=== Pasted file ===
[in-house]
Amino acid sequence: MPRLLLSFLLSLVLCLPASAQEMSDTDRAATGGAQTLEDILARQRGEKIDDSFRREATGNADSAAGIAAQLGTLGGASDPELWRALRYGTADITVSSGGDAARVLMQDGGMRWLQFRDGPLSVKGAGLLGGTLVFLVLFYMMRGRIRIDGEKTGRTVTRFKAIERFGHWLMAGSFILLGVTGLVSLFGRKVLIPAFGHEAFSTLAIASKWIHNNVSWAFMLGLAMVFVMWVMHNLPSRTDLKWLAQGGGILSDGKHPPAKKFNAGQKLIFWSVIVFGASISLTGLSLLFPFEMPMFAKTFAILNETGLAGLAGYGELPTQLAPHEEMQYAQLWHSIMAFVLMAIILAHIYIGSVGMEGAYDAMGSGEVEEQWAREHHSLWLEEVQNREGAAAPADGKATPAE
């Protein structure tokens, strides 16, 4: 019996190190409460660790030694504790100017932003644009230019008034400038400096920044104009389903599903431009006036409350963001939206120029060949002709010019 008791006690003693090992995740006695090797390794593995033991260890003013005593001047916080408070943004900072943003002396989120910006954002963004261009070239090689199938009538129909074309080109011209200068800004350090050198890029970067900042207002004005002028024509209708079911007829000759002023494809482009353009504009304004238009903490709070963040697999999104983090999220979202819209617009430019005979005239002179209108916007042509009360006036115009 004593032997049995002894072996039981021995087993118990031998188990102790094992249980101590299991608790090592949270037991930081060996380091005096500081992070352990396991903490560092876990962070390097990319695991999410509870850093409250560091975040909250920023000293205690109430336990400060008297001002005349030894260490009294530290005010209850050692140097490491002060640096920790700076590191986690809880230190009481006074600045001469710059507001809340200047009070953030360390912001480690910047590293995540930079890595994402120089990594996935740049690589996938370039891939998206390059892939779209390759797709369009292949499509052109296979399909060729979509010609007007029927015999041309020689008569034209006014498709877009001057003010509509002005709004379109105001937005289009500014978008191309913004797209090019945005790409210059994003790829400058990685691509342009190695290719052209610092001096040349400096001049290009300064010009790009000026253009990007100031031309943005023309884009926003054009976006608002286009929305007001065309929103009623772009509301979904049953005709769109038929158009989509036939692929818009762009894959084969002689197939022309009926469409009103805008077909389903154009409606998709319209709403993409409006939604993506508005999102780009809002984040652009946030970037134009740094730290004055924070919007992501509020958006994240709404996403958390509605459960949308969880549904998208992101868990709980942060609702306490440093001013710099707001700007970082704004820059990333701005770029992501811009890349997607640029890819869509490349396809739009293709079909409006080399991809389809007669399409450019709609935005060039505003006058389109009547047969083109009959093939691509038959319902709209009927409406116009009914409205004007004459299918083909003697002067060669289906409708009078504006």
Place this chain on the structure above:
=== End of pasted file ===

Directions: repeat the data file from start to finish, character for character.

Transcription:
[in-house]
Amino acid sequence: MPRLLLSFLLSLVLCLPASAQEMSDTDRAATGGAQTLEDILARQRGEKIDDSFRREATGNADSAAGIAAQLGTLGGASDPELWRALRYGTADITVSSGGDAARVLMQDGGMRWLQFRDGPLSVKGAGLLGGTLVFLVLFYMMRGRIRIDGEKTGRTVTRFKAIERFGHWLMAGSFILLGVTGLVSLFGRKVLIPAFGHEAFSTLAIASKWIHNNVSWAFMLGLAMVFVMWVMHNLPSRTDLKWLAQGGGILSDGKHPPAKKFNAGQKLIFWSVIVFGASISLTGLSLLFPFEMPMFAKTFAILNETGLAGLAGYGELPTQLAPHEEMQYAQLWHSIMAFVLMAIILAHIYIGSVGMEGAYDAMGSGEVEEQWAREHHSLWLEEVQNREGAAAPADGKATPAE
């Protein structure tokens, strides 16, 4: 019996190190409460660790030694504790100017932003644009230019008034400038400096920044104009389903599903431009006036409350963001939206120029060949002709010019 008791006690003693090992995740006695090797390794593995033991260890003013005593001047916080408070943004900072943003002396989120910006954002963004261009070239090689199938009538129909074309080109011209200068800004350090050198890029970067900042207002004005002028024509209708079911007829000759002023494809482009353009504009304004238009903490709070963040697999999104983090999220979202819209617009430019005979005239002179209108916007042509009360006036115009 004593032997049995002894072996039981021995087993118990031998188990102790094992249980101590299991608790090592949270037991930081060996380091005096500081992070352990396991903490560092876990962070390097990319695991999410509870850093409250560091975040909250920023000293205690109430336990400060008297001002005349030894260490009294530290005010209850050692140097490491002060640096920790700076590191986690809880230190009481006074600045001469710059507001809340200047009070953030360390912001480690910047590293995540930079890595994402120089990594996935740049690589996938370039891939998206390059892939779209390759797709369009292949499509052109296979399909060729979509010609007007029927015999041309020689008569034209006014498709877009001057003010509509002005709004379109105001937005289009500014978008191309913004797209090019945005790409210059994003790829400058990685691509342009190695290719052209610092001096040349400096001049290009300064010009790009000026253009990007100031031309943005023309884009926003054009976006608002286009929305007001065309929103009623772009509301979904049953005709769109038929158009989509036939692929818009762009894959084969002689197939022309009926469409009103805008077909389903154009409606998709319209709403993409409006939604993506508005999102780009809002984040652009946030970037134009740094730290004055924070919007992501509020958006994240709404996403958390509605459960949308969880549904998208992101868990709980942060609702306490440093001013710099707001700007970082704004820059990333701005770029992501811009890349997607640029890819869509490349396809739009293709079909409006080399991809389809007669399409450019709609935005060039505003006058389109009547047969083109009959093939691509038959319902709209009927409406116009009914409205004007004459299918083909003697002067060669289906409708009078504006």
Place this chain on the structure above: